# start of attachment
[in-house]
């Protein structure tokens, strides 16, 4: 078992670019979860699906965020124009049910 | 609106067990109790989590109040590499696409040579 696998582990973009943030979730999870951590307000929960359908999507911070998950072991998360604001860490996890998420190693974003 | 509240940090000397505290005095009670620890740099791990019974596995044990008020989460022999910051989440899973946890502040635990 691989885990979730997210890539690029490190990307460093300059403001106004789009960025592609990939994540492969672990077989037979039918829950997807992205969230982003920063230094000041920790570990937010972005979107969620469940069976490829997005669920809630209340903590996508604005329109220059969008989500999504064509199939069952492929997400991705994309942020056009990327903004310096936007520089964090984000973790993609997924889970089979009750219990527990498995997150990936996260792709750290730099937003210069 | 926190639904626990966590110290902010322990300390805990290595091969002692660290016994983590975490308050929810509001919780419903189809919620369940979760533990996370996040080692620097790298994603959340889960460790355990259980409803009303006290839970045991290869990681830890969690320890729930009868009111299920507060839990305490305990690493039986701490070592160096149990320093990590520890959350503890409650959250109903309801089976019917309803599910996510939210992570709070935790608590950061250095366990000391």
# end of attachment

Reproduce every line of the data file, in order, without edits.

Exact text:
[in-house]
């Protein structure tokens, strides 16, 4: 078992670019979860699906965020124009049910 | 609106067990109790989590109040590499696409040579 696998582990973009943030979730999870951590307000929960359908999507911070998950072991998360604001860490996890998420190693974003 | 509240940090000397505290005095009670620890740099791990019974596995044990008020989460022999910051989440899973946890502040635990 691989885990979730997210890539690029490190990307460093300059403001106004789009960025592609990939994540492969672990077989037979039918829950997807992205969230982003920063230094000041920790570990937010972005979107969620469940069976490829997005669920809630209340903590996508604005329109220059969008989500999504064509199939069952492929997400991705994309942020056009990327903004310096936007520089964090984000973790993609997924889970089979009750219990527990498995997150990936996260792709750290730099937003210069 | 926190639904626990966590110290902010322990300390805990290595091969002692660290016994983590975490308050929810509001919780419903189809919620369940979760533990996370996040080692620097790298994603959340889960460790355990259980409803009303006290839970045991290869990681830890969690320890729930009868009111299920507060839990305490305990690493039986701490070592160096149990320093990590520890959350503890409650959250109903309801089976019917309803599910996510939210992570709070935790608590950061250095366990000391």